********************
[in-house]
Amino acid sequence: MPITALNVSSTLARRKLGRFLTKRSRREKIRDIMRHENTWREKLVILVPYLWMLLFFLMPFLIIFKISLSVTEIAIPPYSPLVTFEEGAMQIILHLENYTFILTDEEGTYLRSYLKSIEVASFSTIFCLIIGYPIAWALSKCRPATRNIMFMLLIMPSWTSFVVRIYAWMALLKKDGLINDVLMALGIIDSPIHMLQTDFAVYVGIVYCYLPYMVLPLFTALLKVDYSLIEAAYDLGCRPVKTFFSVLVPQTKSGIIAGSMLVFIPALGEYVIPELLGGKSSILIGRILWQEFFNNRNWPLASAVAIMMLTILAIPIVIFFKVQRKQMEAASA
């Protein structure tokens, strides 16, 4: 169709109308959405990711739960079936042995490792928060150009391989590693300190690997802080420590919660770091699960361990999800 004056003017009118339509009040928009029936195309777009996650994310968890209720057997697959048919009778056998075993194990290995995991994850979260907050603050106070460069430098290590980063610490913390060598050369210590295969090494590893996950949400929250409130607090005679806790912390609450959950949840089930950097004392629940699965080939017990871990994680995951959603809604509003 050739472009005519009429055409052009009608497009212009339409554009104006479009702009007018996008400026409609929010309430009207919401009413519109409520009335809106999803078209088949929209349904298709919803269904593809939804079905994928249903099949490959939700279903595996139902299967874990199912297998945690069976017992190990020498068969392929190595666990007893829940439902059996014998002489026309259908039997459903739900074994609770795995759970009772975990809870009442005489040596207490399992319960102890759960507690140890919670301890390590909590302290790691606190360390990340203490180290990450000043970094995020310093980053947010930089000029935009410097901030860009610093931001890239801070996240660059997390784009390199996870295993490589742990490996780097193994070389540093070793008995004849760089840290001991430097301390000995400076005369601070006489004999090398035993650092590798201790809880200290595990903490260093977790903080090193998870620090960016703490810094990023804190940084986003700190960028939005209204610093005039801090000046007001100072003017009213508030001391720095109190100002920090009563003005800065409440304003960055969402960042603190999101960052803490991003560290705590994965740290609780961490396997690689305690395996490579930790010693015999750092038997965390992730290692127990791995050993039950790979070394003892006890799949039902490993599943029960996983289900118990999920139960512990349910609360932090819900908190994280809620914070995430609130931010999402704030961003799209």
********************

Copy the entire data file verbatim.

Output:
[in-house]
Amino acid sequence: MPITALNVSSTLARRKLGRFLTKRSRREKIRDIMRHENTWREKLVILVPYLWMLLFFLMPFLIIFKISLSVTEIAIPPYSPLVTFEEGAMQIILHLENYTFILTDEEGTYLRSYLKSIEVASFSTIFCLIIGYPIAWALSKCRPATRNIMFMLLIMPSWTSFVVRIYAWMALLKKDGLINDVLMALGIIDSPIHMLQTDFAVYVGIVYCYLPYMVLPLFTALLKVDYSLIEAAYDLGCRPVKTFFSVLVPQTKSGIIAGSMLVFIPALGEYVIPELLGGKSSILIGRILWQEFFNNRNWPLASAVAIMMLTILAIPIVIFFKVQRKQMEAASA
């Protein structure tokens, strides 16, 4: 169709109308959405990711739960079936042995490792928060150009391989590693300190690997802080420590919660770091699960361990999800 004056003017009118339509009040928009029936195309777009996650994310968890209720057997697959048919009778056998075993194990290995995991994850979260907050603050106070460069430098290590980063610490913390060598050369210590295969090494590893996950949400929250409130607090005679806790912390609450959950949840089930950097004392629940699965080939017990871990994680995951959603809604509003 050739472009005519009429055409052009009608497009212009339409554009104006479009702009007018996008400026409609929010309430009207919401009413519109409520009335809106999803078209088949929209349904298709919803269904593809939804079905994928249903099949490959939700279903595996139902299967874990199912297998945690069976017992190990020498068969392929190595666990007893829940439902059996014998002489026309259908039997459903739900074994609770795995759970009772975990809870009442005489040596207490399992319960102890759960507690140890919670301890390590909590302290790691606190360390990340203490180290990450000043970094995020310093980053947010930089000029935009410097901030860009610093931001890239801070996240660059997390784009390199996870295993490589742990490996780097193994070389540093070793008995004849760089840290001991430097301390000995400076005369601070006489004999090398035993650092590798201790809880200290595990903490260093977790903080090193998870620090960016703490810094990023804190940084986003700190960028939005209204610093005039801090000046007001100072003017009213508030001391720095109190100002920090009563003005800065409440304003960055969402960042603190999101960052803490991003560290705590994965740290609780961490396997690689305690395996490579930790010693015999750092038997965390992730290692127990791995050993039950790979070394003892006890799949039902490993599943029960996983289900118990999920139960512990349910609360932090819900908190994280809620914070995430609130931010999402704030961003799209």